The Voice of Detroit Community Building

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Detroit in the 1950s Photo Credit: historicdetroit.org

The El Moore, a reconstruction project focusing on historic rehabilitation and modern urban sustainability, is based on the history of Detroit as a city of neighborhoods, and how that history shapes how Detroit is reinventing itself yet again. This is the first in a series of posts on the “Voice of Detroit” and how that voice is an integral part of the El Moore.

Community [Kuh-myoo-ni-tee] (n). Dictionary.com defines “community” as a social group of any size, whose members reside in a specific locality, share a government, and often have a common cultural and historical heritage. By that definition, the City of Detroit has always been a community, and Detroit is a community going through major changes—again.

Although many say that there is now a “new” Detroit vs the “old” Detroit, there has always been only “one” Detroit community, made up of many unique neighborhoods. One of the goals of this elmoore.com blog is to chronicle how the El Moore Project is not just rehabbing an historic building, but more importantly, how the El Moore Project is building and rebuilding a community in Midtown Detroit (in the area formerly known as the “Cass Corridor”).

The El Moore project, like the Green Garage project before it, is an example of the blending of the “old” Detroit of the late 19th and early 20th centuries, being reworked to function in the “new” Detroit of the 21st century. The successful development of these two projects since 2008 has depended on not only knowing about sustainable architecture, but also knowing the history of Detroit and Detroit neighborhoods that includes celebrating the “new” investments in our neighborhoods as well as honoring the “old” treasures that have been here all along. This comprehensive knowledge and consciousness of the contributions of everyone is what makes the El Moore Project unique.

The “new” is not replacing the “old”, but combining the two into a model for the ever-changing community known as the City of Detroit.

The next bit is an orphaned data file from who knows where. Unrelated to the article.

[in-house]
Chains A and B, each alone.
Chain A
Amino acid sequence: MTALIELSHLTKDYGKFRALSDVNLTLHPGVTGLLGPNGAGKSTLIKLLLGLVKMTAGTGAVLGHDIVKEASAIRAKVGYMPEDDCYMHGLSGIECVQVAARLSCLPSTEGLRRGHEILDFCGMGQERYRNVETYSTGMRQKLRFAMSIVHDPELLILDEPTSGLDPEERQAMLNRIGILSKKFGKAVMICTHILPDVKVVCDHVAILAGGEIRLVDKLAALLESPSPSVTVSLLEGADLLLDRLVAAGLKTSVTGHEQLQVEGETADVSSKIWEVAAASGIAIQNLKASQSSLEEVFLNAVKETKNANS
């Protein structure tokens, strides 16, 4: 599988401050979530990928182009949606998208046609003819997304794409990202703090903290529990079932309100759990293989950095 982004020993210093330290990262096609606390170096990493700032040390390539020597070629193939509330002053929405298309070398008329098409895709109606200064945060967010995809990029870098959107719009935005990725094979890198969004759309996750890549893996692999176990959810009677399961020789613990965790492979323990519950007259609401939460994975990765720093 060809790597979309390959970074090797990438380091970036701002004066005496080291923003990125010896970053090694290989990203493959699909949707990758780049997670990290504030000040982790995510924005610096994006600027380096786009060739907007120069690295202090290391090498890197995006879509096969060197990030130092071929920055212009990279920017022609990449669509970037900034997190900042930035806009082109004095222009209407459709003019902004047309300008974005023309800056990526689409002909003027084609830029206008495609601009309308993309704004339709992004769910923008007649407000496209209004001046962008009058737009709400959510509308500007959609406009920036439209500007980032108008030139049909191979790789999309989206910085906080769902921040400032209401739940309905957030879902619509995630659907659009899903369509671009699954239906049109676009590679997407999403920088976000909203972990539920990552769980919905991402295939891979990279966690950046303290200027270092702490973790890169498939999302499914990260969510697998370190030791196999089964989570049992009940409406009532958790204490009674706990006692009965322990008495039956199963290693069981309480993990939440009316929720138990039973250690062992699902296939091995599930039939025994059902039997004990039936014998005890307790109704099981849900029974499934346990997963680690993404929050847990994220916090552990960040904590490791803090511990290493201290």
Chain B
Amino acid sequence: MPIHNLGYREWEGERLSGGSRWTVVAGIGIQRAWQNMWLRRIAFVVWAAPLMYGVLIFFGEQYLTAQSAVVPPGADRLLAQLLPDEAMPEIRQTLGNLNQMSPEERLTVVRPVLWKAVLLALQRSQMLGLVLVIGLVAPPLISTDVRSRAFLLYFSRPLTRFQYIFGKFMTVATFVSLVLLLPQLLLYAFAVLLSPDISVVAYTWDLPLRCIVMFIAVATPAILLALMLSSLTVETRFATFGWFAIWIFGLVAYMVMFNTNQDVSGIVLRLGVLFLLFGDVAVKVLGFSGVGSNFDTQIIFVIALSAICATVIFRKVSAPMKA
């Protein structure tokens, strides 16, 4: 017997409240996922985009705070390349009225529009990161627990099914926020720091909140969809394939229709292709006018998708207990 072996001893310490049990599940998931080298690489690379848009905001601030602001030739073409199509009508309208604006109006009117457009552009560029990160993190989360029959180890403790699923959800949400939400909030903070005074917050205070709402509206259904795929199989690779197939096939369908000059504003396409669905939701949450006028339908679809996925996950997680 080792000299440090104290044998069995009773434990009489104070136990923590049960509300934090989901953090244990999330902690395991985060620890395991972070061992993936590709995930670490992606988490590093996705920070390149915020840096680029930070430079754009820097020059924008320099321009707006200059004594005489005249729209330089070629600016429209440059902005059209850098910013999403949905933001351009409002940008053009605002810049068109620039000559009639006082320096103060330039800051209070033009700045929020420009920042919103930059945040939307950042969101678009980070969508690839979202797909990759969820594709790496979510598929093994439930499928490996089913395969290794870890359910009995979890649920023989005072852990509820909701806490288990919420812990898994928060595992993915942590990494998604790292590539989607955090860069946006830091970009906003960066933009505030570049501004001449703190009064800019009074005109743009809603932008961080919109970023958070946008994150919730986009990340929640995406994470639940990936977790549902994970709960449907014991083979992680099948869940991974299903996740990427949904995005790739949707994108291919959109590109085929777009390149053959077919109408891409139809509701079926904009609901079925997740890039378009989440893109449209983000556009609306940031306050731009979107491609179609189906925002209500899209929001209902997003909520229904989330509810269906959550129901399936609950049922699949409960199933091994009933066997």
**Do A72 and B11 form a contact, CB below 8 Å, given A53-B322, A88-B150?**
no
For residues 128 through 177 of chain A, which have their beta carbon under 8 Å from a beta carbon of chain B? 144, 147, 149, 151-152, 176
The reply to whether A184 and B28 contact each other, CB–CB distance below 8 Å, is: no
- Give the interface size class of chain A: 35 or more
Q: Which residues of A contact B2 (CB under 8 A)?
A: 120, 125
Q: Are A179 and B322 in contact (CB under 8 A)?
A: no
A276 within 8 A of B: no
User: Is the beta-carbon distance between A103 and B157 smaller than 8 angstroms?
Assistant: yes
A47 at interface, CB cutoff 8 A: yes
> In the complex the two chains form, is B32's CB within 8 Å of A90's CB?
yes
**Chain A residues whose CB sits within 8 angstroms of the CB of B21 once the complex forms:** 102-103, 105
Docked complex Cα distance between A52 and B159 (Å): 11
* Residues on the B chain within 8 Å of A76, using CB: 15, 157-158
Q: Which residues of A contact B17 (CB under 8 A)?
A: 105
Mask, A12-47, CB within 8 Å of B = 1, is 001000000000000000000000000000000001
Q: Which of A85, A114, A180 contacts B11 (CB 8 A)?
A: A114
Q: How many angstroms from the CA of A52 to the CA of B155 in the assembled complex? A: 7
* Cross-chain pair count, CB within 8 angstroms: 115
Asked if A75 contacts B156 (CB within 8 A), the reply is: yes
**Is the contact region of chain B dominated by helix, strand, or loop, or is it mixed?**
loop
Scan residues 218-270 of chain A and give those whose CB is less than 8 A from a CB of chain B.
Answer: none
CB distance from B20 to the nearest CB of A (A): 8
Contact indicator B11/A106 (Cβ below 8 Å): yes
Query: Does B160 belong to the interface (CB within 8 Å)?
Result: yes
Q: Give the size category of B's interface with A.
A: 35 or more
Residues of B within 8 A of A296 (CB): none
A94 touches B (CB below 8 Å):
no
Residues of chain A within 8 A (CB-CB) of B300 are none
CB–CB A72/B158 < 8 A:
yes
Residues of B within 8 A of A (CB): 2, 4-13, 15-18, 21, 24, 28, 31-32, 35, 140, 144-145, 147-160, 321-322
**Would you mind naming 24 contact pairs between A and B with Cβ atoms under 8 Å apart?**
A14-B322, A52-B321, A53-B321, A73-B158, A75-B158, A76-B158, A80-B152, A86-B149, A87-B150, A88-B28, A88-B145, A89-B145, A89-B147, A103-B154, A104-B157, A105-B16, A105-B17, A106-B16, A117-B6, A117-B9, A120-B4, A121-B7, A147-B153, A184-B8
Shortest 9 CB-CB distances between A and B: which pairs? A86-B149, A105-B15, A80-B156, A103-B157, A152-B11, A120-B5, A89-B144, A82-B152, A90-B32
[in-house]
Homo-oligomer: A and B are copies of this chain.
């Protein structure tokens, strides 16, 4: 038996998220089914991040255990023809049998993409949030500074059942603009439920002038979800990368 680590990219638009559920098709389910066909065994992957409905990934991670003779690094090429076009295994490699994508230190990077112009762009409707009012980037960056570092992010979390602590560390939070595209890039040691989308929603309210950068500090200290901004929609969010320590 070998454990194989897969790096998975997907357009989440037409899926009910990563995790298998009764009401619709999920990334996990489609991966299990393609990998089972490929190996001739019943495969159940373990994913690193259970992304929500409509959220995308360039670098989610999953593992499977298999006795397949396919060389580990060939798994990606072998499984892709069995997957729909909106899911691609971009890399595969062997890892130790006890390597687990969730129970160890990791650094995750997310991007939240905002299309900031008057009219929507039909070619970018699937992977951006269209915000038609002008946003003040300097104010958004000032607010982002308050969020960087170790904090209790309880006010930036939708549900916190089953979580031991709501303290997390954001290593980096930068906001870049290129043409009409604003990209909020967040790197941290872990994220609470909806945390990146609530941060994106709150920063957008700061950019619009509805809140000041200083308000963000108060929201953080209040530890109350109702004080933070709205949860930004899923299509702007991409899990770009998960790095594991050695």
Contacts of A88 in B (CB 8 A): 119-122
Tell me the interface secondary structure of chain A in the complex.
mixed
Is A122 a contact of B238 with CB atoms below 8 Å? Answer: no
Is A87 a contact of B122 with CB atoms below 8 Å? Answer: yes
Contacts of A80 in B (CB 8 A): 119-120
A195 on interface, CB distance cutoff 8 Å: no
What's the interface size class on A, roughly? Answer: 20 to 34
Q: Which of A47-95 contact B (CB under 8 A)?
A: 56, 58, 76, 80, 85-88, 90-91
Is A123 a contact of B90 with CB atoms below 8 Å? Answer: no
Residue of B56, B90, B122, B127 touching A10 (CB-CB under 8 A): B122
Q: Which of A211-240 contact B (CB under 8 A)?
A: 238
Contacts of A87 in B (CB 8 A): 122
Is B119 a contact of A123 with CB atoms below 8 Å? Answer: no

This elmoore.com blog is a prime example: it is written by a community of authors, each of whom has a unique and particular theme and point of view.

Which bring us to me, the author of this post. I am looking forward to being the “Native Detroiter Voice” of elmoore.com.

I was born in Detroit when Albert Cobo (after whom Cobo Hall is named) was mayor of Detroit.

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Pam’s 1st birthday party on Pingree Street.

I attended the Detroit Public Schools and graduated from the “old” Cass Technical High School.

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The “original” Cass Technical High School. Photo Credit: historicdetroit.org

 

I remember shopping at J.L. Hudson’s, and starting a cross-country summer vacation by train leaving from the Michigan Central Depot.

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The original J.L. Hudson’s Department Store at 1206 Woodward Avenue. Photo Credit: historicdetroit.org

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The Michigan Central Train Depot in Southwest Detroit. The train tracks were underground. Photo Credit: historicdetroit.org

I went ice skating and had pony rides on Belle Isle. I remember the Bob-lo Boat, the 1963 Freedom March down Woodward Avenue when Rev. Dr. Martin Luther King first delivered his “I Have a Dream” speech, the 1967 Rebellion, the 1968 Tigers winning the World Series, and Coleman Alexander Young (a former Eagle Scout, Tuskegee Airman, and Michigan State Senator) becoming the first Black mayor of Detroit.

As a former English and History teacher, I will bring a particular historical perspective to elmoore.com, and I will also be writing about how Detroit has always been one community of many neighborhoods; relating our past to our present. How did we get here? Where are we going next? Stay tuned…

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The ice skating rink at Campus Martius in downtown Detroit is LARGER than the rink at 30Rock in New York City! Photo Credit: City of Detroit

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